The Alzheimer’s Association of Greater Richmond
Fighting a pervasive disease
The statistics are shocking. More than 30,000 people are living with Alzheimer’s in the Richmond area. One in three seniors dies with Alzheimer’s or another dementia. During the last 17 years, the number of people dying from Alzheimer’s jumped 145 percent. Nationwide, 5.8 million Americans are living with Alzheimer’s – a number that is projected to reach 14 million by 2050 – with more than 6 million caregivers for those living with Alzheimer’s and other dementia. If you haven’t been touched by Alzheimer’s, the likelihood is great that you will be in the coming years.
Fortunately, there’s an organization that is Giving Back to those suffering from Alzheimer’s and to their caregivers in our community. The Alzheimer’s Association of Greater Richmond is a lot of things to a lot of people. It provides support to those with the disease and their caregivers, and it funds vital research aimed at prevention and finding a cure for Alzheimer’s. The key resource the Alzheimer’s Association of Greater Richmond provides is education.
“There can be life with this disease,” says Katie Hood, development director at the Greater Richmond Chapter. “We provide lots of caregiver education to communities. African Americans are two times more likely to be diagnosed with Alzheimer’s, and Hispanics are 1½ times more likely.”
Alzheimer’s is a degenerative brain disease, the most common form of dementia. Of the 30,000 Richmond-area residents diagnosed with Alzheimer’s, the local association chapter estimates it’s providing help to only about two percent of them. “We need a greater volunteer base to assist the growing number of people in need,” explains Hood.
LEADING THE CHARGE
The Greater Richmond Chapter needs more volunteers like Jessica Thomas.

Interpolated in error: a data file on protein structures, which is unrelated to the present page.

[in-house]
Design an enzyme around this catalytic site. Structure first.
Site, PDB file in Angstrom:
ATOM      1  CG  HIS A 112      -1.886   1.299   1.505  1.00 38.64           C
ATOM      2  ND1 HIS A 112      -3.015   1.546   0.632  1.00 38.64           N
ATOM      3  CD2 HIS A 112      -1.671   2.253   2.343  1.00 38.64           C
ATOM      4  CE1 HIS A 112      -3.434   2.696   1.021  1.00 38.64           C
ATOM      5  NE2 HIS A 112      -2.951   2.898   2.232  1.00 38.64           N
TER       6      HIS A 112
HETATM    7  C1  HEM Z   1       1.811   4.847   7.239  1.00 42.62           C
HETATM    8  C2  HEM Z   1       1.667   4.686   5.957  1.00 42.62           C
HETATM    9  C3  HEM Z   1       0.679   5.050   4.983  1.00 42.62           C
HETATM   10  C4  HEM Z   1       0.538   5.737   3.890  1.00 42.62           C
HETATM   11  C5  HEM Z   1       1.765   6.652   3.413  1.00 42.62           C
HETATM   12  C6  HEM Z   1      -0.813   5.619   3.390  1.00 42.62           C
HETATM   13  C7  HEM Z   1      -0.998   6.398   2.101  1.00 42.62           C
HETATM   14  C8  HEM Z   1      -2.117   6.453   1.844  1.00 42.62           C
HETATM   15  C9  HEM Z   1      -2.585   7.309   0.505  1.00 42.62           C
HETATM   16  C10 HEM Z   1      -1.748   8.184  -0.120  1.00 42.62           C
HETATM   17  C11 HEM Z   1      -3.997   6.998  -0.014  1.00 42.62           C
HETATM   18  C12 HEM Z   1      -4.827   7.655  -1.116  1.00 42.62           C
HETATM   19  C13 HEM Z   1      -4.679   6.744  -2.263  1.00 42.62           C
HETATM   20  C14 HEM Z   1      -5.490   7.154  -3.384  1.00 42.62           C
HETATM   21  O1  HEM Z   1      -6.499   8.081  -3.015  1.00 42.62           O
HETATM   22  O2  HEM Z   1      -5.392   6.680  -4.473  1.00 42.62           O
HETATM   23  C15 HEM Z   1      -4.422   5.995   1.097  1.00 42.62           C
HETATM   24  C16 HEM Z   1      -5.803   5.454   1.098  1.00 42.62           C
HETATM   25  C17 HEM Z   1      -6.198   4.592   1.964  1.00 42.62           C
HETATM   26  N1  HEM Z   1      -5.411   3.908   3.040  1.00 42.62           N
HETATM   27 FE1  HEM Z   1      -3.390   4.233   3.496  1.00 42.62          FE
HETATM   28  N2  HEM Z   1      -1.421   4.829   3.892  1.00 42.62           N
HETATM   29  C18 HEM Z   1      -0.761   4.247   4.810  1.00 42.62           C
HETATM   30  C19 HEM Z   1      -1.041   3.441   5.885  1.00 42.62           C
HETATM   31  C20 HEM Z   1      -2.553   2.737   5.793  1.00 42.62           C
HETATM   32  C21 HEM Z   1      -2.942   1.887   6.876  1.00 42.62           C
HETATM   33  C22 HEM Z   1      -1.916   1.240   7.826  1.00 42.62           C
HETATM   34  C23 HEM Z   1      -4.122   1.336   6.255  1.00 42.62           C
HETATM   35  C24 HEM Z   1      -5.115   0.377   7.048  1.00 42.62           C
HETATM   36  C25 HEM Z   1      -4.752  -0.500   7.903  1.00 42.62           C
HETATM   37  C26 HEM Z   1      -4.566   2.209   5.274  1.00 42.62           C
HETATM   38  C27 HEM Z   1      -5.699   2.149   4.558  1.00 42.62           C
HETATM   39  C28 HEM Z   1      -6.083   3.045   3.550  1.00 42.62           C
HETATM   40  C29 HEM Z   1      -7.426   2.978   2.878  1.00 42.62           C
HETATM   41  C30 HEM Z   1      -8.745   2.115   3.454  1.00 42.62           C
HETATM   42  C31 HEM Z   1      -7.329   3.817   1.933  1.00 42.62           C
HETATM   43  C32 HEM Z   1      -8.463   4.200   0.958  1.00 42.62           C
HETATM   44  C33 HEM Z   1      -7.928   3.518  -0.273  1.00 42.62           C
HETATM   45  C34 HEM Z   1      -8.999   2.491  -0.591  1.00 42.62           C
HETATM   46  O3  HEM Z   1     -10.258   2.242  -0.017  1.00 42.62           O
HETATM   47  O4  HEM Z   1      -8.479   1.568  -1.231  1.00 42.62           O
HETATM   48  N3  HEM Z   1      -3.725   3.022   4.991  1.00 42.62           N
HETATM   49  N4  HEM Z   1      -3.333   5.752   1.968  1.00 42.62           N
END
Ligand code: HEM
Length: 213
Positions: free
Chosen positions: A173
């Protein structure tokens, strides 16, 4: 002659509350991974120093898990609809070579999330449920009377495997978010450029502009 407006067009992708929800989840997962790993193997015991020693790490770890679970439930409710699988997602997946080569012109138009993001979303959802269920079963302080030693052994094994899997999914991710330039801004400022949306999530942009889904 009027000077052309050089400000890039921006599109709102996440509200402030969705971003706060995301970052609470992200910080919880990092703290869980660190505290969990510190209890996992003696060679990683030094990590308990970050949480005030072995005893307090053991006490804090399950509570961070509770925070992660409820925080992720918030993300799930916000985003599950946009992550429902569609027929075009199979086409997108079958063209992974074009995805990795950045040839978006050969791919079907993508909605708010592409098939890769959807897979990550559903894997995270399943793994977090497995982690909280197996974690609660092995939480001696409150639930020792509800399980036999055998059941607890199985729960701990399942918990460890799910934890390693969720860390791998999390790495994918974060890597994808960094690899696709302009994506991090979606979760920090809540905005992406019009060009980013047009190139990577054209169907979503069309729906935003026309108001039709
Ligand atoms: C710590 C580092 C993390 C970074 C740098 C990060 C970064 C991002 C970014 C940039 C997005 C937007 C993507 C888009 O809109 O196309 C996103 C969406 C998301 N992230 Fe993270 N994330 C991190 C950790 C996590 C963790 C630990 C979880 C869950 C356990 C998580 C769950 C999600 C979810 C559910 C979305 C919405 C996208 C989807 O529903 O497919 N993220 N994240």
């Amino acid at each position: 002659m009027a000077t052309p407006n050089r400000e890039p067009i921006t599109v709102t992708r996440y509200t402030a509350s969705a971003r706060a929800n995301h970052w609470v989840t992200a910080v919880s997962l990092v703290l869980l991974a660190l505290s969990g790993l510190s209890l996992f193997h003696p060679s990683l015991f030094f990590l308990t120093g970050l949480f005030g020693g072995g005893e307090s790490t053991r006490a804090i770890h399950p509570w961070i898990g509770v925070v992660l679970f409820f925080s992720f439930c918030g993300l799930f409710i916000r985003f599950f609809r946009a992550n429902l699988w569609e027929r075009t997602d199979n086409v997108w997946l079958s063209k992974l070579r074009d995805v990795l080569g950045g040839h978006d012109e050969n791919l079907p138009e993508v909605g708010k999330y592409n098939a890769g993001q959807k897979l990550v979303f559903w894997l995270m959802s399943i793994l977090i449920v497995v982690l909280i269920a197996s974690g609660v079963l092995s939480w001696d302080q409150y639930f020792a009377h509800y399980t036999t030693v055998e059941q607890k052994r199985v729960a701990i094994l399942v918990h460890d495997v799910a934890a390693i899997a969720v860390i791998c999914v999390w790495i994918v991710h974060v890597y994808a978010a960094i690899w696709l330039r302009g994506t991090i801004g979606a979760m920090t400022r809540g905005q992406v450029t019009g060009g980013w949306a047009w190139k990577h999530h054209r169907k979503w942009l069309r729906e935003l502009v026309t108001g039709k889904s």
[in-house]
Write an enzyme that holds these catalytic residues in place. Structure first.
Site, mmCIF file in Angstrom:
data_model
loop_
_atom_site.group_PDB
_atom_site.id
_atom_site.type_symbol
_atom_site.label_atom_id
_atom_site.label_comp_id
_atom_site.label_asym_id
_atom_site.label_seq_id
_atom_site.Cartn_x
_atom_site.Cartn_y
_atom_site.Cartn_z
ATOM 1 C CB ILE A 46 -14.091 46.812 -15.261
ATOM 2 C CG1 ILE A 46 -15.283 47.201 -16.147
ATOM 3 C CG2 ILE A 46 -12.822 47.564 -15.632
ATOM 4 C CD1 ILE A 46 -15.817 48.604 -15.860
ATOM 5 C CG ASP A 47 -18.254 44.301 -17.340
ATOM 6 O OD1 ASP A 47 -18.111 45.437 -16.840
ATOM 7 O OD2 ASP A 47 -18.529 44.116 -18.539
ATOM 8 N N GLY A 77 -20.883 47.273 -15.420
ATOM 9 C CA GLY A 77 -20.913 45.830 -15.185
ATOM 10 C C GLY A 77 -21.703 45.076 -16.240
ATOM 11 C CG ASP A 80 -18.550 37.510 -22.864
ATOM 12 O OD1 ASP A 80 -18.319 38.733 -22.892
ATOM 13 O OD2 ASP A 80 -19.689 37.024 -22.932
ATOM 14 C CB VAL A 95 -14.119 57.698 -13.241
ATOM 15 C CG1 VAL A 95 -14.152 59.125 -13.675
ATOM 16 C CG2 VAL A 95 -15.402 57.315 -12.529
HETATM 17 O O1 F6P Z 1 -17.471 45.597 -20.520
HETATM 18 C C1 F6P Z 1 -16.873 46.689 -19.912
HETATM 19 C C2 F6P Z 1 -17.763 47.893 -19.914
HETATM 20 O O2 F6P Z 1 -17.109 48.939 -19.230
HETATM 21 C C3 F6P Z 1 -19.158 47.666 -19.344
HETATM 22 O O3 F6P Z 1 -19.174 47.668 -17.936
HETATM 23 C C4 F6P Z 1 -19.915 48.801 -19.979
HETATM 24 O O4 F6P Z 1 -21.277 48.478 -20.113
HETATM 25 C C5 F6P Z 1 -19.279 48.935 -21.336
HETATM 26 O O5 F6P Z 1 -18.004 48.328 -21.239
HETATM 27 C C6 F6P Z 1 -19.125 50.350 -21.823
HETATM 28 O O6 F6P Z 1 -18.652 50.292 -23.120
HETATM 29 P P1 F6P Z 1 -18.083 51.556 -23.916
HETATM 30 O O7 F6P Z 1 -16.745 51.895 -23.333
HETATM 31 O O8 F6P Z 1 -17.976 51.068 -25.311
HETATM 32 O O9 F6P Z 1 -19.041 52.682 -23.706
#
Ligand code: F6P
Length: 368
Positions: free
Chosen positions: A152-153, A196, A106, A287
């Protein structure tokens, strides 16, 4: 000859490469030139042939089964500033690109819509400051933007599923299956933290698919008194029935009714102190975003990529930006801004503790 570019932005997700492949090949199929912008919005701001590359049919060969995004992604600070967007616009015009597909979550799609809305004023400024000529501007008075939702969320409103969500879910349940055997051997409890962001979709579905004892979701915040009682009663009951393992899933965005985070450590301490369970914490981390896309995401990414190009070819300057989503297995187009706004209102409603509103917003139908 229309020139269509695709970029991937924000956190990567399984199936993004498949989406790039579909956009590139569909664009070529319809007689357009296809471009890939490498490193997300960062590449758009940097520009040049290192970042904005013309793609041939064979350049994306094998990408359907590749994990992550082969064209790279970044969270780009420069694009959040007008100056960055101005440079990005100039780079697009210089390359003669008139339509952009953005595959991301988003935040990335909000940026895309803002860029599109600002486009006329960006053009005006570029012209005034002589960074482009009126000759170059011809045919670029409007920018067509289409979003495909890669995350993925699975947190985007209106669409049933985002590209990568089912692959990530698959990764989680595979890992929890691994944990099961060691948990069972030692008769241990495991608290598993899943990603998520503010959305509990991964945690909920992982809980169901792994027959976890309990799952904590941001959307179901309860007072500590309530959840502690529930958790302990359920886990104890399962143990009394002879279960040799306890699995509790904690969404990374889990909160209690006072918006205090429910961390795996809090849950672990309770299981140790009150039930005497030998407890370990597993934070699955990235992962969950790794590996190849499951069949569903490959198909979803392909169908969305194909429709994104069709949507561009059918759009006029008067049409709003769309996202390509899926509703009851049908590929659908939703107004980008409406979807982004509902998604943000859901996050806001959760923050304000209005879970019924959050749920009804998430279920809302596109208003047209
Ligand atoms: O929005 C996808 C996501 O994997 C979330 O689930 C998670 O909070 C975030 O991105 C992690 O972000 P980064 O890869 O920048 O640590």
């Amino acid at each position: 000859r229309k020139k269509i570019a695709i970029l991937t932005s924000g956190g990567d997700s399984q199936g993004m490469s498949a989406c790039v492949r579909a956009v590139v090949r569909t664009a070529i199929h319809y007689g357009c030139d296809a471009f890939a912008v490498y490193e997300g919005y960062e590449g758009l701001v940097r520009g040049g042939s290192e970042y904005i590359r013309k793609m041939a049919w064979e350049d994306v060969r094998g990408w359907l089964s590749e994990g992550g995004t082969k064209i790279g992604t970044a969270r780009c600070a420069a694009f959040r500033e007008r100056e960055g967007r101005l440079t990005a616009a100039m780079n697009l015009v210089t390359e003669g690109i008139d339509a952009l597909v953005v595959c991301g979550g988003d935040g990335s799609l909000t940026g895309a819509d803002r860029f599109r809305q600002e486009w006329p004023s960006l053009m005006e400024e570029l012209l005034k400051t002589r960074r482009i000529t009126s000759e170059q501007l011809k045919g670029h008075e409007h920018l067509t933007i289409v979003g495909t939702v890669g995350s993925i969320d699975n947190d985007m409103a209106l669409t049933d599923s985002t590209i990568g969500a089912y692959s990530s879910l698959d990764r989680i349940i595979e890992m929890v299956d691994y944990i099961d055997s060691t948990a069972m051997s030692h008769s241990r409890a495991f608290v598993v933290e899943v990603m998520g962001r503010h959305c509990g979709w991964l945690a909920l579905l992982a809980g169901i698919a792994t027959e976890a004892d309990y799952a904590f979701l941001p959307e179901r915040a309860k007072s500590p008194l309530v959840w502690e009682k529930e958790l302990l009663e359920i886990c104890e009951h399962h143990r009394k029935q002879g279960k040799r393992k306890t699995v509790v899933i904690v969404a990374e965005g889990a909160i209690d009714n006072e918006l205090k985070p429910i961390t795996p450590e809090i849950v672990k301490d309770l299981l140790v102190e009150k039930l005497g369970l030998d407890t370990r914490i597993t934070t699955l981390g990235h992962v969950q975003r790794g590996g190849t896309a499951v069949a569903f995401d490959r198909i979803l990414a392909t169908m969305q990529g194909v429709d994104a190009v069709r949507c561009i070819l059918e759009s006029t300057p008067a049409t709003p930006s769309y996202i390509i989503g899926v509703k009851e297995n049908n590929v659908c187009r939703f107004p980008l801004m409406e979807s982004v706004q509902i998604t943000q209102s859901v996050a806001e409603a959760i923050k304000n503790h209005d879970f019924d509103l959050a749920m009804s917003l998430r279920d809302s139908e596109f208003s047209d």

The 33-year-old is the 2019 Walk to End Alzheimer’s co-chair. She’s been actively volunteering for eight years. “It’s who I am. It fills my soul,” explains Thomas. “What I get from the walk and from the Alzheimer’s Association is so much more than I give. I see the impact of the money we raise. I get to see that direct result of how the money is helping families.” Thomas, who doesn’t have a family member touched by Alzheimer’s, works for a health-care company that serves Alzheimer’s patients.
She believes the fight against Alzheimer’s is similar to the high-profile attack on cancer that started many years ago. “There have to be people who get behind this and say, ‘What can we do to end it?’ They did that with cancer, and now they’re beating it in so many ways,” exclaims Thomas. “I believe there’s hope this disease can be beat. There will be an answer, and volunteerism can help.”
The Longest Day is an annual volunteer fundraising effort that takes place on June 21, the longest day of the year, where people organize a sporting event, game or party to raise money.
Last year, Thomas chaired the Walk to End Alzheimer’s. Her husband, mother, nieces and nephews volunteered with her. This year she hopes even more participants will come out. “It’s the single largest activity the Alzheimer’s Association Greater Richmond Chapter does,” proclaims the Chesterfield resident. “We bring thousands of people out on the same day, people who are facing this disease. It’s the one time you can look around and everyone around you understands and supports you. It’s empowering!”
We feel your passion, Jessica, and we’re marking the calendar to be there volunteering Nov. 2.
WANT TO HELP?
Alzheimer’s Association Greater Richmond Chapter
HOW IT HELPS: Provides support and care for those living with Alzheimer’s and dementia and their caregivers, funds research and drives awareness and advocacy.
HOW YOU CAN HELP: Volunteer or participate in a Walk to End Alzheimer’s on Nov. 2.
WEBSITE: ALZ.org /grva
CONTACT: Visit the website under “Get Involved” or contact Rachel Lawson at 804-967-2575 or RaLawson@ALZ.org to register for volunteer training.
LOCATION: Alzheimer’s Association Greater Richmond Chapter, 4600 Cox Road, Suite 130, Glen Allen, VA 23060.
UPCOMING EVENT: Walk to End Alzheimer’s, Nov. 2, Bon Secours Washington Redskins Training Center, 8 a.m. to noon.
Lisa Schaffner, a former WRIC-TV anchor, is public relations and marketing director for UNOS, United Network for Organ Sharing. LisaSchaffner@verizon.net